BY Ana Vukadin in Reviews | 09 OCT 20
Featured in
Issue 216

Caroline Achaintre Uncovers the Mysteries of Masks

At the Fondazione Giuliani in Rome, the artist looks at the playful and political aspects of disguises

BY Ana Vukadin in Reviews | 09 OCT 20

Walking around post-lockdown Rome elicits two contrasting feelings: joy and anxiety. It reminds me of the city of my childhood, when it was possible to wander into the Pantheon or toss a coin in the Trevi Fountain without having to push your way through enormous tourist crowds. The city centre has been reclaimed by its residents – stereotypes of Italian and expat glamour and wealth. But, as I walked by one shuttered shop after another, anxiety took hold. Things quickly started to feel desolate and I wondered how a city that has relied so much on tourism will pick itself up again.

‘Permanente’ (Permanent), Caroline Achaintre’s first solo show in Italy at Rome’s Fondazione Giuliani, also plays on this duality and is simultaneously joyful and dark. Louis Q (2020), for instance, is a large, hand-tufted wool wall hanging with blue, black, pink, yellow and white colour splashes. It may look like a furry, mythical bird but Louis Q is, in fact, Achaintre’s take on the notorious beak mask worn by Italian plague doctors during the 17th century, which was later adopted as one of the distinctive masks featured in the commedia dell’arte and the Venice Carnival.

Caroline Achaintre, Louis Q., 2020
Caroline Achaintre, Louis Q., 2020, hand tufted wool, 236 × 160 cm. Courtesy: the artist and Arcade, London/ Brussels; photograph: Giorgio Benni

Achaintre was working with masks long before they became part of our daily life during the COVID-19 pandemic. She first developed an interest in their use in German expressionism and its appropriation of primitivism; later, she looked at the crossovers between European Mardi Gras traditions and heavy-metal bands: think Venice Carnival meets Slipknot album artwork. Providing both protection and alias, masks are simultaneously animate yet inanimate, much like Achaintre’s ceramic sculptures Monika (2019) and Akin (2019), whose names bestow them with identity. The first work is shiny black while the second is a beautiful burnt bronze, with green and flame-blue hues. Both have two slits for eyes and are pinned to the wall. Elsewhere, other ceramics are grouped together on pedestals designed specifically for the space. The most uncanny are Trunkk B. (2018) and Trunkk P. (2018), which resemble either crumpled KKK hoods or the capirotes worn during holy week in Spain.

Caroline Achaintre, ‘Permanente’, 2020
Caroline Achaintre, ‘Permanente’, 2020, exhibition view, Fondazione Giuliani, Rome, Courtesy: the artist and Fondazione Giuliani, Rome; photograph: Giorgio Benni

A number of Achaintre’s delicate, candy-coloured watercolours of ambiguous forms recall Rorschach’s inkblot and call to mind the starting point for her first tufted pieces. In the early 2000s, Achaintre translated her watercolours onto a loom, using the tufting gun to ‘paint’ with wool, creating her first large-scale wall hangings. Here, the works’ absurdist titles animate and alter the images: in Space Pup (2017), for instance, a skull-like mask in soft hues of yellow and blue stares out at us blankly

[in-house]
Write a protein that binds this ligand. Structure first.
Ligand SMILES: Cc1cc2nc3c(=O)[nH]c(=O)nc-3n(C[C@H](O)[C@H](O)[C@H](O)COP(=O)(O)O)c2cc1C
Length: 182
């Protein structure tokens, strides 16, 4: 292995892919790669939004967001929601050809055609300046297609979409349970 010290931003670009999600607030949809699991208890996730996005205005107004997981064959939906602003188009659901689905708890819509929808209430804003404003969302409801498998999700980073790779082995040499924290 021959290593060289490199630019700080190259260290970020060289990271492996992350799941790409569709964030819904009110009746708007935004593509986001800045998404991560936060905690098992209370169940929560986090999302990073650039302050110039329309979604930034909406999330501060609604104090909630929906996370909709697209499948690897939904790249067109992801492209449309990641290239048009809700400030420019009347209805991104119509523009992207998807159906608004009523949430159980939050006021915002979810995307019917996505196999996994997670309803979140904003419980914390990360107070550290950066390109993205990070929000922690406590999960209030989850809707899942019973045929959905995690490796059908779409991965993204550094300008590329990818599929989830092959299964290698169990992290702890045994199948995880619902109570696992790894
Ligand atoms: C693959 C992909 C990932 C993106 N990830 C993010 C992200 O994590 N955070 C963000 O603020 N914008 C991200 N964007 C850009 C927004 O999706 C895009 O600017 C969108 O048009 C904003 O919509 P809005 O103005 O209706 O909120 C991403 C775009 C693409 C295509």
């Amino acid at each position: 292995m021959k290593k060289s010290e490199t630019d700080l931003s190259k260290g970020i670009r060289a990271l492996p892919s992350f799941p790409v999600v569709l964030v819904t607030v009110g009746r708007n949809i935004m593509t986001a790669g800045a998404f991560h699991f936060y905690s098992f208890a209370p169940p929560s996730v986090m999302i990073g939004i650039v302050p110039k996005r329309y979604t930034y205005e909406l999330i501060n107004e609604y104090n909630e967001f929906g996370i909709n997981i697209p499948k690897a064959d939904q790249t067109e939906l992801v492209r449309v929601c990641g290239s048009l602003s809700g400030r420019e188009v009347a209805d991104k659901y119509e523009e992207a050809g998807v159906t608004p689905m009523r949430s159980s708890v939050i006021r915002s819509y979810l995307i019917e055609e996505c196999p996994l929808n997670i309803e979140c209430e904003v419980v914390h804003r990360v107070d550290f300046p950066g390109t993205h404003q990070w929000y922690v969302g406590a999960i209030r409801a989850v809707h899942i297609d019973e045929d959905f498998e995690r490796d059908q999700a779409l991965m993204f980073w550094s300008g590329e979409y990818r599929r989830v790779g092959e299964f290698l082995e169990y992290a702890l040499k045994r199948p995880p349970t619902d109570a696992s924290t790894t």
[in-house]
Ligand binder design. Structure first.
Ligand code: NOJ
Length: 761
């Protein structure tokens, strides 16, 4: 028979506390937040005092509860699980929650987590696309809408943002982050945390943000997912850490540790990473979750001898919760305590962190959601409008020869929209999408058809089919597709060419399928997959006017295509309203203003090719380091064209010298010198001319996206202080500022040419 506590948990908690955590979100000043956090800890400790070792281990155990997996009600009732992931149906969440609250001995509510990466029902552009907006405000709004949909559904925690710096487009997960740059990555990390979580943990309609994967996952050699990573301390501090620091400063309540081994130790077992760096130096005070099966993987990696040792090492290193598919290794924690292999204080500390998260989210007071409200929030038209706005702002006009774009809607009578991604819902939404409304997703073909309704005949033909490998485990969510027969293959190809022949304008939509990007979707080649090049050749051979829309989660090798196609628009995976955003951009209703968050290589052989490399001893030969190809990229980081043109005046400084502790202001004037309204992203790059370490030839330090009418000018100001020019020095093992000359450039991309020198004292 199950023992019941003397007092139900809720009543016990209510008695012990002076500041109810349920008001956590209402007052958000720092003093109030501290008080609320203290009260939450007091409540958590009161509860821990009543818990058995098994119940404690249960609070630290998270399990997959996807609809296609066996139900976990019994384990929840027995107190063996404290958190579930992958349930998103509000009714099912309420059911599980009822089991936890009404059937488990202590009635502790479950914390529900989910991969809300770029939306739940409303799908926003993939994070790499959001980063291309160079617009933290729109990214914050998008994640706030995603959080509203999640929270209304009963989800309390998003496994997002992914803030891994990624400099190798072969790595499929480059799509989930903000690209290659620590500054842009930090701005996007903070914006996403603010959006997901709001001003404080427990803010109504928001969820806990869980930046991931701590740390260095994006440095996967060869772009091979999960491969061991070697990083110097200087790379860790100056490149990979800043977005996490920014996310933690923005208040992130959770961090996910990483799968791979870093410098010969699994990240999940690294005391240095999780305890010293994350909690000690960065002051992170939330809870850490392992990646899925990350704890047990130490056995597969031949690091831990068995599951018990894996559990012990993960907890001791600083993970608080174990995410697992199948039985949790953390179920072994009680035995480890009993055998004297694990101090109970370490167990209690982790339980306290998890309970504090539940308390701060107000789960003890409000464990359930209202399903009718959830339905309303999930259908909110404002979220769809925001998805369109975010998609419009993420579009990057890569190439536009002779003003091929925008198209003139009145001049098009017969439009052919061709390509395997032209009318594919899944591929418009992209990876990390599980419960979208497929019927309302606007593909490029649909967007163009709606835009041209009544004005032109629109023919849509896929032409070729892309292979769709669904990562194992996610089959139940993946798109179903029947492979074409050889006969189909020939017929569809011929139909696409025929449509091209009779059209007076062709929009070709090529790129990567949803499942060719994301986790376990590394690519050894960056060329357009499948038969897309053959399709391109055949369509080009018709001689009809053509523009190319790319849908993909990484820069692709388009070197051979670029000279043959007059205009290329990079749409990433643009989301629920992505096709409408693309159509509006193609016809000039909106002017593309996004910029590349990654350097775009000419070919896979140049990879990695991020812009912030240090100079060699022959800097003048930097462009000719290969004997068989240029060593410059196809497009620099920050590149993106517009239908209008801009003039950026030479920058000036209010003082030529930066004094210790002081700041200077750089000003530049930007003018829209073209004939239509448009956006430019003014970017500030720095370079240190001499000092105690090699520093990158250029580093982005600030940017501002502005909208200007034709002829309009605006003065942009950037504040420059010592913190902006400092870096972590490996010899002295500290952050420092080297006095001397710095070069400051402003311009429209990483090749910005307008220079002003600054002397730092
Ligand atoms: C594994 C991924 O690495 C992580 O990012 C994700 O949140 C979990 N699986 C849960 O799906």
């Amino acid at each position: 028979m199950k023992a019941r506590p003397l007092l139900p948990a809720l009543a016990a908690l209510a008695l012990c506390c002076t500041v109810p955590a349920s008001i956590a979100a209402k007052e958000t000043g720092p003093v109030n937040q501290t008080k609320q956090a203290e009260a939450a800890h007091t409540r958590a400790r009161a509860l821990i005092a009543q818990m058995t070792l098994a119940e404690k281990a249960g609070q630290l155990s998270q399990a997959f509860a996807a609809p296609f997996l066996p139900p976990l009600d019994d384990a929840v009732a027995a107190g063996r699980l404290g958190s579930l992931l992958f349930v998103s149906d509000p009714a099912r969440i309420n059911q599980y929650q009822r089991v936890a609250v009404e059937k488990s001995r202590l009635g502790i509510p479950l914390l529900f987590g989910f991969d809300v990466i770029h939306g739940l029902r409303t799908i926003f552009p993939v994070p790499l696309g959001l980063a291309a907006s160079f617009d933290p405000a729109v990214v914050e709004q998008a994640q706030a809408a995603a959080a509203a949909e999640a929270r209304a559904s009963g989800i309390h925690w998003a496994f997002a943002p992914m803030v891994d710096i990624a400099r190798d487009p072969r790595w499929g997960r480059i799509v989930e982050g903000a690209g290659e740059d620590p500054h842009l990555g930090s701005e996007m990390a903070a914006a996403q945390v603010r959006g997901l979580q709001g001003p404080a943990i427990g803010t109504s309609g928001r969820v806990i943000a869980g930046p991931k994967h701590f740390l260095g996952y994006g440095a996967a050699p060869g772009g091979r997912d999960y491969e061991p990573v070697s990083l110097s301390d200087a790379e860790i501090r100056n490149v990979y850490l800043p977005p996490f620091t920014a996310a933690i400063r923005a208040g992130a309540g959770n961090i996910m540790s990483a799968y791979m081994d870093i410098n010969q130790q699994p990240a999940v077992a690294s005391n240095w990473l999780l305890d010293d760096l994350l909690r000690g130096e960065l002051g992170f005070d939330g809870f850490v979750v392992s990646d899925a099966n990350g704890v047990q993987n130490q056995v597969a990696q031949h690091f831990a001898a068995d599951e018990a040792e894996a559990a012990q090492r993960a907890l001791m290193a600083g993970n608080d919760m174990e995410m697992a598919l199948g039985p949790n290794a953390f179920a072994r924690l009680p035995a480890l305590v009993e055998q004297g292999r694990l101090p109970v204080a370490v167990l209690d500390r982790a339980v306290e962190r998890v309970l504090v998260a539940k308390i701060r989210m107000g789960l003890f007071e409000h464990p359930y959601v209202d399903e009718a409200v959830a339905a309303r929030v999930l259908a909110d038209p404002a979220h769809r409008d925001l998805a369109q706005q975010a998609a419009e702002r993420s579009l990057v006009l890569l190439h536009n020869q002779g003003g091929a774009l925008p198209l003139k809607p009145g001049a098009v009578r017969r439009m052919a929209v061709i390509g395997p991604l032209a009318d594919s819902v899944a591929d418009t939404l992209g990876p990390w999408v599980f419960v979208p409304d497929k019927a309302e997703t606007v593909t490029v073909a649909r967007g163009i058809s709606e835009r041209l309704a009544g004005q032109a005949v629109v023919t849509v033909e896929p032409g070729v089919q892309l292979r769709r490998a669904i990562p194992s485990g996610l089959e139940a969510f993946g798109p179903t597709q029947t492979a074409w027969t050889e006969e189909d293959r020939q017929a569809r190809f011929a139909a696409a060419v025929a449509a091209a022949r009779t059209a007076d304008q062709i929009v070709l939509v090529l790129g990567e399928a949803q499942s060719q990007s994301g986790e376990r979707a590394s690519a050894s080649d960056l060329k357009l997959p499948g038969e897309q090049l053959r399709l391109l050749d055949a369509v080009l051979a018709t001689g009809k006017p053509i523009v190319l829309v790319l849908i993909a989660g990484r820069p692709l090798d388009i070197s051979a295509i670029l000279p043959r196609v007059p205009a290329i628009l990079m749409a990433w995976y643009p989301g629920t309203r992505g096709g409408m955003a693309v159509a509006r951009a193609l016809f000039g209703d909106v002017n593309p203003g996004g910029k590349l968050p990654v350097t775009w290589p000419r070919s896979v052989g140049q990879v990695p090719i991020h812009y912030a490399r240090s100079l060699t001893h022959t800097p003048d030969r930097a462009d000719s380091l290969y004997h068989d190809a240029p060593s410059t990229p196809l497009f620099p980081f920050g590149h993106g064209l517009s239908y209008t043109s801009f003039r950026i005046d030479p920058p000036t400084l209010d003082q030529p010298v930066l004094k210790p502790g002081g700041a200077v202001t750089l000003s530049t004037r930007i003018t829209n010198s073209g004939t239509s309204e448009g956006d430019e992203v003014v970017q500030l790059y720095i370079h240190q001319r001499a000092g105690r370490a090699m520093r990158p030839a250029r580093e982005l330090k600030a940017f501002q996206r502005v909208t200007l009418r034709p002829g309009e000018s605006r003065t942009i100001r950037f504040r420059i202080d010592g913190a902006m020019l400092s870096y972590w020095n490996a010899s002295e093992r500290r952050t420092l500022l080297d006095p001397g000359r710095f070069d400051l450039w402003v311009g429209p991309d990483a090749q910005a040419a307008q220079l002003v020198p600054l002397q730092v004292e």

Another series of works resembling primitivist masks comprises three exquisitely woven wicker and bamboo sculptures. Standing more than three metres tall, they act as screens of sorts, the bamboo framing the looms onto which the wicker is woven. Featuring geometric chevron patterns, each piece has oval eyes that glare down at the viewer – either ominously (Observature, 2019) or absurdly (Ten-Eyed, 2019). Together, these works create a labyrinthine path to Glover (2018). This hand-tufted wall hanging could be an exotic bird in flight, with its yellow, sienna, pink and blue hues paired with black and white wool. After reading the title, however, I realize I have experienced a case of pareidolia – perceiving a face in an inanimate object – in this instance, a glove.

Caroline Achaintre,Ten-Eyed, 2019
Caroline Achaintre,Ten-Eyed, 2019, installation view, Fondazione Giuliani, Rome, Courtesy: the artist and Fondazione Giuliani, Rome; photograph: Giorgio Benni

Achaintre’s unique approach to rethinking traditional techniques brilliantly subverts the stereotypes associated with her materials. Full of idiosyncratic characters, satire and social commentary, the works in ‘Permanente’ challenge and play with our perceptions, and the show feels serendipitous for these unsettling times. Humour – even when things get profoundly dark – offers respite and strength.

Caroline Achaintre ‘Permanente’ runs at Fondazione Giuliani, Rome, until 10 October 2020

Main image: Caroline Achaintre, ‘Permanente’, 2020, exhibition view, Fondazione Giuliani, Rome, Courtesy: the artist and Fondazione Giuliani, Rome; photograph: Giorgio Benni

Ana Vukadin is a writer, translator and editor who lives in Jesi, Italy.